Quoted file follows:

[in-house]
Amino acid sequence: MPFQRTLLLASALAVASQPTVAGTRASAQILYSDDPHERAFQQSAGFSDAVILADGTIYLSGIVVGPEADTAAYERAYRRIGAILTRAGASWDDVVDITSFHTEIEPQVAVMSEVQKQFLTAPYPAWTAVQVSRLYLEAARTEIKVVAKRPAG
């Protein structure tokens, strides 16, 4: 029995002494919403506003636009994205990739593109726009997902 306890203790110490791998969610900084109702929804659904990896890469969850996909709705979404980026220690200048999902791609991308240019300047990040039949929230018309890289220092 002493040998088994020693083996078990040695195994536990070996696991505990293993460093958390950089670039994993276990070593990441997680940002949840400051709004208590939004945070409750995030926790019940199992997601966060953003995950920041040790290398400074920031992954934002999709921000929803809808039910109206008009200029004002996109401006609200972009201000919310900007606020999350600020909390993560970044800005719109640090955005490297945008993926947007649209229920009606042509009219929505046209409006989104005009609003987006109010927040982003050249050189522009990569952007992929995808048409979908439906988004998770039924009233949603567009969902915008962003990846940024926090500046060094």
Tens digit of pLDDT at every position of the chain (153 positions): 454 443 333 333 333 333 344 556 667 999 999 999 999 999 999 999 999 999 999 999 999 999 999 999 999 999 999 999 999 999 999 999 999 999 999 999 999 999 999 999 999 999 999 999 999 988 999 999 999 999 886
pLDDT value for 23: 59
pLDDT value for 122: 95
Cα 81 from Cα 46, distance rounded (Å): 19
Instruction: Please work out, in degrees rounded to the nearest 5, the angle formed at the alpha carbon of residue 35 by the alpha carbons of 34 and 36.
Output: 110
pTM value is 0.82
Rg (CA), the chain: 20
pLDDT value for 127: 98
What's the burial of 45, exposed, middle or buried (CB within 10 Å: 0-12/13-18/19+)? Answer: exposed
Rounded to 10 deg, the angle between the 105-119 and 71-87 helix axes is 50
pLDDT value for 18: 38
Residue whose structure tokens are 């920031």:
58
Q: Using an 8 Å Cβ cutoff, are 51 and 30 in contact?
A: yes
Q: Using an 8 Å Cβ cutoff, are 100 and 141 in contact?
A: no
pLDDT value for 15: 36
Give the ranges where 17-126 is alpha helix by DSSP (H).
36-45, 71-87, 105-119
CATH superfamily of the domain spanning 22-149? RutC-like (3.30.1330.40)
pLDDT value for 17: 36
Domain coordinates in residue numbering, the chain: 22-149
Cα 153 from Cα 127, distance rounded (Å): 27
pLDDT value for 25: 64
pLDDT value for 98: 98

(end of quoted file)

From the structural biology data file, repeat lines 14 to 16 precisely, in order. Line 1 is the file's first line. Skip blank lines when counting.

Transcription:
Rounded to 10 deg, the angle between the 105-119 and 71-87 helix axes is 50
pLDDT value for 18: 38
Residue whose structure tokens are 């920031």: